Carteret Animal Hospital
Look at the difference a dental cleaning can make!
Tired of dealing with your pet's reddened gums and bad breath? Gingivitis and tartar could be the cause of these symptoms. The build up of tartar, with subsequent gum disease and tooth loss, affects not only your pet's immediate oral hygiene and the bond between you (no one wants kisses from a dog with "dragon breath"), but also has a long term impact on the health of the heart, kidneys, liver and other major organ systems. In short, dental disease shortens your pet's life. Pets need regular dental cleanings just like humans.
Dental procedures can be scheduled for weekday mornings at your convenience. Patients must arrive at the clinic by 9:00am and will go home after 4:00pm the same day. Patients with severe dental disease may be started on a course of antibiotics the week before the dental is performed. This will lessen the effect of any bacteria that they may ingest as a result of the procedure.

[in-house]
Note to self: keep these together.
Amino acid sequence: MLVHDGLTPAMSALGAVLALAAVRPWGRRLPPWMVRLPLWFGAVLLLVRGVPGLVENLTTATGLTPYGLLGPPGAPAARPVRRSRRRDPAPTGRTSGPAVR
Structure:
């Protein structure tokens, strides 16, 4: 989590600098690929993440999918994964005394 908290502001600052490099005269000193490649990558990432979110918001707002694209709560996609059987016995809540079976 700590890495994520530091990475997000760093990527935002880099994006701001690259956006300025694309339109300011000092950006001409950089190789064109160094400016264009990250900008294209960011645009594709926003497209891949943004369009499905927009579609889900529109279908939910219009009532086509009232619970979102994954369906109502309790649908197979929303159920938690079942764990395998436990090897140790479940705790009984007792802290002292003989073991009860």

Since most pets don't brush daily (or even at all...), and they have a habit of chewing on things that might cause damage to their teeth (bones, sticks, fencing, concrete, furniture, etc.), their teeth tend to break and decay more rapidly than what we experience with our own teeth. Certain injuries may also cause damage to teeth, necessitating removal. During the dental cleaning, any broken, diseased or severely loosened teeth may be removed. This will improve your pet's overall health and comfort, as well as prolong the time required between dental cleanings.
Brushing your pet's teeth daily - using a soft toothbrush and toothpaste safe for pets (NOfluoride) - will also slow the build up of tartar on his / her teeth. Ask us to show you how to best accomplish this.